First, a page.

An extra 1400 homes will be built in Penistone between now and 2033 if draft plans are approved by Barnsley Council and the government.
But there will be no large-scale development in the next 20 years in villages such as Cawthorne, Thurlstone and Millhouse Green, under a Local Plan document due to be opened for public comment in November.
Major projects proposed include 516 homes on land south of Halifax Road, Penistone, 318 north and east of Joan Royd Lane, Cubley and 141 south of Wellhouse Road.
A quarter of the new homes in the town and 15pc or more elsewhere will be expected to be affordable unless it can be demonstrated that it would render the scheme unviable. And planning consent will be subject to a deal that ensures that low-cost housing remains affordable when it is resold.
Where the need for affordable housing is proven in villages, which cannot be met on infill sites or in nearby larger settlements, small scale rural development will be supported within the village.
The plan focuses development in Barnsley and the six principal towns, including Penistone. “These should be the main local focus for housing, employment, shopping, leisure, education, health and cultural activities and facilities, and their roles as accessible and vibrant places to live should be enhanced”, it says.
Across Barnsley, the plan aims to provide at least 20,330 homes, including affordable housing, and space for 33,000 jobs. Only one Penistone site is identified for employment – 8 acres on a site north of Sheffield Road.
Some 1400 acres of Green Belt land would be lost across the borough. “Our housing and employment needs and aspirations cannot be accommodated without the need to release land from the Green Belt,” it says. Only 170ha of brownfield land is earmarked for housing and 47ha for employment. “There is not a large amount of previously developed land in the borough that is considered suitable for allocation,” the document says.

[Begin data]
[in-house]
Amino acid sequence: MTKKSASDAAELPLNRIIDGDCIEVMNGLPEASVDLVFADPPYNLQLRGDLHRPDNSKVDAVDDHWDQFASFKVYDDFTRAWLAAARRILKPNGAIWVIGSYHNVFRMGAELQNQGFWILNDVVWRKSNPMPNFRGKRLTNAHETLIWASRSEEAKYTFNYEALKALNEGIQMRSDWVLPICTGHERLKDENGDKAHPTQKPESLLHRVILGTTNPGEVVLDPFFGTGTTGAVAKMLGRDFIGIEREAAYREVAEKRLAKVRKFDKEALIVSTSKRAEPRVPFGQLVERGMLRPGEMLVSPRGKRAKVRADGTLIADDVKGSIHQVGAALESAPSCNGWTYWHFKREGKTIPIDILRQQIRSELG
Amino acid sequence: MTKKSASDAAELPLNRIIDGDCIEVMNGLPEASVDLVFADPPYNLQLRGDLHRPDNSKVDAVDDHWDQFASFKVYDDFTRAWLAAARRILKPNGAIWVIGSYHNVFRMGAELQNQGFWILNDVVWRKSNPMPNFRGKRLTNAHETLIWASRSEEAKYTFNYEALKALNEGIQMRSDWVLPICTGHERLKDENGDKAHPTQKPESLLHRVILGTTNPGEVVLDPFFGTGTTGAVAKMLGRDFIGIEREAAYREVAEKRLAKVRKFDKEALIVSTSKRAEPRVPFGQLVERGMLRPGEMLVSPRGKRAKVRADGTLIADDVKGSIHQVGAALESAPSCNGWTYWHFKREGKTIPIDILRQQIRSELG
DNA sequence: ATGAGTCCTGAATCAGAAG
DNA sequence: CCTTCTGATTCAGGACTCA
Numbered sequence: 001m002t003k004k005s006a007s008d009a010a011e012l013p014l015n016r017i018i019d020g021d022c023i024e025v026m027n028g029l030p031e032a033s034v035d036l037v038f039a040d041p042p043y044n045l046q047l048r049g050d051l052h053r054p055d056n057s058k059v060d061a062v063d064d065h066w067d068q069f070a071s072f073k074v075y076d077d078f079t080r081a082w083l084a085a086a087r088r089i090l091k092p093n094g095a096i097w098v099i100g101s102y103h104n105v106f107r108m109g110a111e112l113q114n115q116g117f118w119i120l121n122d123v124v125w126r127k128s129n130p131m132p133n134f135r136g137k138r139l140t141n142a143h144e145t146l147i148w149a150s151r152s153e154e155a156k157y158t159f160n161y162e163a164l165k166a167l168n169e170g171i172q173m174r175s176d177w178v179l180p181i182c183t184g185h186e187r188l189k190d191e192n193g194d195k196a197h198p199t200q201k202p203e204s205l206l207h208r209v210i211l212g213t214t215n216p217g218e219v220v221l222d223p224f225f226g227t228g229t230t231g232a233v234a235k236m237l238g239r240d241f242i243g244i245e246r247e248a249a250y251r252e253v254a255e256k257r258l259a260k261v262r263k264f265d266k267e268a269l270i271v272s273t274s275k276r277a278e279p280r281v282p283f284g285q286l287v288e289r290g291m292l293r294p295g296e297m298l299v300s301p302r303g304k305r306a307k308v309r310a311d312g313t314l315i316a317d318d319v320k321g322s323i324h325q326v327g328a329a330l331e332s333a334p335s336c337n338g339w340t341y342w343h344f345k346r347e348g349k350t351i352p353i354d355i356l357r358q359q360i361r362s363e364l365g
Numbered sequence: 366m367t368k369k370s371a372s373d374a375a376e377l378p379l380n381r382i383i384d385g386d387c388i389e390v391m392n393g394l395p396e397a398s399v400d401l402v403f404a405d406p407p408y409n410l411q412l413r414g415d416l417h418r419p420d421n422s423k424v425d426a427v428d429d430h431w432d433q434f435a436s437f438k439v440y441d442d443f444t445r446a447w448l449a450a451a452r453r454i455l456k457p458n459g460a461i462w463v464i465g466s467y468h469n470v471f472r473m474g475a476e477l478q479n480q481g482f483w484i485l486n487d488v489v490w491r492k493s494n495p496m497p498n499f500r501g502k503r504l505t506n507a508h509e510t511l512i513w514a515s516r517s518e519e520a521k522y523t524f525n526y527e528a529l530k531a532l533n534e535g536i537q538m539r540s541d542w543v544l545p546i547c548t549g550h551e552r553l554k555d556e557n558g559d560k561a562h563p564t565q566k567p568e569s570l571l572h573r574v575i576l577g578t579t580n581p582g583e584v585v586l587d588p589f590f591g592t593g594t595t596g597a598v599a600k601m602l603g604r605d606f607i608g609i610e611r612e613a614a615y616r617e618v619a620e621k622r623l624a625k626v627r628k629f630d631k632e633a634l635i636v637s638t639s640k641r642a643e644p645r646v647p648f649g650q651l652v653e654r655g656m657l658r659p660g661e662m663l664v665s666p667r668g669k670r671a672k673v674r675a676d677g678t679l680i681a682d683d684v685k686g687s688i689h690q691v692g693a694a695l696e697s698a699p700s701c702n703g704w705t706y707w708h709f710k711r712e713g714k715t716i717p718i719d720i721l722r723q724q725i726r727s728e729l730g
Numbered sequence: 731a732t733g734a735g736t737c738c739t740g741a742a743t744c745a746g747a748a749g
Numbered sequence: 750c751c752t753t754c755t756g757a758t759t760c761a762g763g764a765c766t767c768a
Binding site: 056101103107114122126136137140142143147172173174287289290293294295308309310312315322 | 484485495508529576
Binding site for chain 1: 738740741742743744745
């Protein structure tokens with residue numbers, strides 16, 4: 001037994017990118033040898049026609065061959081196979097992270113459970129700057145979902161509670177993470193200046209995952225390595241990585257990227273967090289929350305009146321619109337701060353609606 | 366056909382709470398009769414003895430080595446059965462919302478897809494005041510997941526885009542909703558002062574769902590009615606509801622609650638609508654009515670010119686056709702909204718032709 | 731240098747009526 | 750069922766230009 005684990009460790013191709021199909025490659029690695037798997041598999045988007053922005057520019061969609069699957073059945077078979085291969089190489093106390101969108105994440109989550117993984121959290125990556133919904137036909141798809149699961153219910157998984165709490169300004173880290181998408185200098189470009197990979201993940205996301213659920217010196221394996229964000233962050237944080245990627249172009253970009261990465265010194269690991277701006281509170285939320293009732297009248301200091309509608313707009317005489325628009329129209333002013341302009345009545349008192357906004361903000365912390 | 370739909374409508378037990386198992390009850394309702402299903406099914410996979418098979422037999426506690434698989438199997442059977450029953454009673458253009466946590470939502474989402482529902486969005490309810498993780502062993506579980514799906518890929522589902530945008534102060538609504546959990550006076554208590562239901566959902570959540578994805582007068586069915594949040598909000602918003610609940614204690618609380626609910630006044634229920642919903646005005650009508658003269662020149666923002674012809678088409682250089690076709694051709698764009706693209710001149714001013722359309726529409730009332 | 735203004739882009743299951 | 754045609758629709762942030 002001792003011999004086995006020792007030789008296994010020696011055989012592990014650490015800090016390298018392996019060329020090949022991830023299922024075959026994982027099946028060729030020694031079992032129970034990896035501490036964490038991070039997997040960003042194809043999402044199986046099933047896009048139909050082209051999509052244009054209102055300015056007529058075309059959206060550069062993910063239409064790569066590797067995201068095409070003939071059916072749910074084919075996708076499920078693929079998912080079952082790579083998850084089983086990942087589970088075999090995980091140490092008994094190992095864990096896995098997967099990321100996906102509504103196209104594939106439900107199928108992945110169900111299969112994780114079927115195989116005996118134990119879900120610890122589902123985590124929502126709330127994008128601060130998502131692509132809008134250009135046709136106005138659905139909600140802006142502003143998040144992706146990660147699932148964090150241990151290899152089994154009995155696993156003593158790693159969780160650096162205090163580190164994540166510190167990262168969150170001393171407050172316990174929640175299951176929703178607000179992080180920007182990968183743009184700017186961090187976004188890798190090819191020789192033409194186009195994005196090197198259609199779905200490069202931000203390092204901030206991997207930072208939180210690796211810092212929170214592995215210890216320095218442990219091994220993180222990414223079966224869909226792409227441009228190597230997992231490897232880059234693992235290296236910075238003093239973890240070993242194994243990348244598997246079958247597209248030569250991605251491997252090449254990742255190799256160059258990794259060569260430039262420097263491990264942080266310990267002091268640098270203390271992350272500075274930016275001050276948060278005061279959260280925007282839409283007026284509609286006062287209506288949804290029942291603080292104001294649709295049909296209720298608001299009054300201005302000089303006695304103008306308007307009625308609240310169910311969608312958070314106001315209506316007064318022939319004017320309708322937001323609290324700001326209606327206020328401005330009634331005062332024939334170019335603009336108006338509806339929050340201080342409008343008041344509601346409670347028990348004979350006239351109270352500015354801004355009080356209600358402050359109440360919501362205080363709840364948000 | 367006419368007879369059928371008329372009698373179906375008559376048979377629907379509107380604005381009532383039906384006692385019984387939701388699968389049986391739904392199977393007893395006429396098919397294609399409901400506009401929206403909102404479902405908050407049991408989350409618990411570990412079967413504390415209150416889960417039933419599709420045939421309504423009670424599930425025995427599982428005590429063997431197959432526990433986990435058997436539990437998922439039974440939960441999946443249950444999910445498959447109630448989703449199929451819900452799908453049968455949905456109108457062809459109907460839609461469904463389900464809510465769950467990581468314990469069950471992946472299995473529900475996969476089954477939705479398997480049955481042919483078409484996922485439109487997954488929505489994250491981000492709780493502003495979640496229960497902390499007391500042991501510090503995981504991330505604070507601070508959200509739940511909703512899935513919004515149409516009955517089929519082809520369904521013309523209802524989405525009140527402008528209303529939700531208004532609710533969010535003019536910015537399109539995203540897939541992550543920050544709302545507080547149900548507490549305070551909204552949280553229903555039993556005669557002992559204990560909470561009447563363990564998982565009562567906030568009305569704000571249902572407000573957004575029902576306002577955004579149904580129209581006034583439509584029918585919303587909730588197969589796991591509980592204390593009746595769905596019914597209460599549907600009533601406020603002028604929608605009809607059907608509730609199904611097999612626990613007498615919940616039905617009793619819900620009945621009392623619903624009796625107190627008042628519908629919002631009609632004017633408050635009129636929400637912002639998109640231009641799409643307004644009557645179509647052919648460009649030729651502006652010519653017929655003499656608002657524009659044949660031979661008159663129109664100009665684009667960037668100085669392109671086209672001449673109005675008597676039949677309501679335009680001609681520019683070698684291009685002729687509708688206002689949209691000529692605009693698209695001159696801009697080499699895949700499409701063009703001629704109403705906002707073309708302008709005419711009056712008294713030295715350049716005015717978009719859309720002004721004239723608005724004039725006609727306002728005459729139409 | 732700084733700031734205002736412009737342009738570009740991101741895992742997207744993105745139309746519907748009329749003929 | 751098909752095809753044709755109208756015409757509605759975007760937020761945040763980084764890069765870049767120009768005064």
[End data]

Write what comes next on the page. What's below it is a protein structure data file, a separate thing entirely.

Before permission is granted for housing development, the report says there must be good access to a range of shops and services, including primary schools, doctors, convenience stores and open spaces.
It adds: “It is important to ensure that development is adequately supported by appropriate infrastructure, whether existing or new.” It identifies schools, community facilities, roads, transport, utilities and open spaces, and says that where development creates a need for new or improved infrastructure, developers will be asked to pay towards the cost.
Permission for changing the use of shops, post offices, petrol stations or pubs to new uses in villages will only be allowed if it can be shown that:
- the business or facility cannot be economically successful
- the change of use would not have a significant effect on the ability of local people to access local services.
The plan will be open for public comment for six weeks from November. A final version will then be developed with further consultation next summer before it is sent for a public examination and Government approval next autumn.
In addition to housing and employment plans, the document covers shops, transport, waste, recycling and pollution, protecting the natural and historic environment, respecting the cultural identity and local character of Barnsley.
Once adopted by the government, the plan will become the statutory development document for Barnsley. It establishes policies and proposals for the development and use of land up to the year 2033. It will be used when considering planning applications and to coordinate investment decisions that affect the towns, villages and countryside of Barnsley.
Penistone housing sites identified are:
Talbot Road 67 houses
West of Talbot Road 59
Saunderson Avenue 29
Schole Hill Lane 157 (already approved)
Sheffield Road 33 (already approved)
Joan Royd Lane 318
Well House Lane 141
South of Halifax Road 516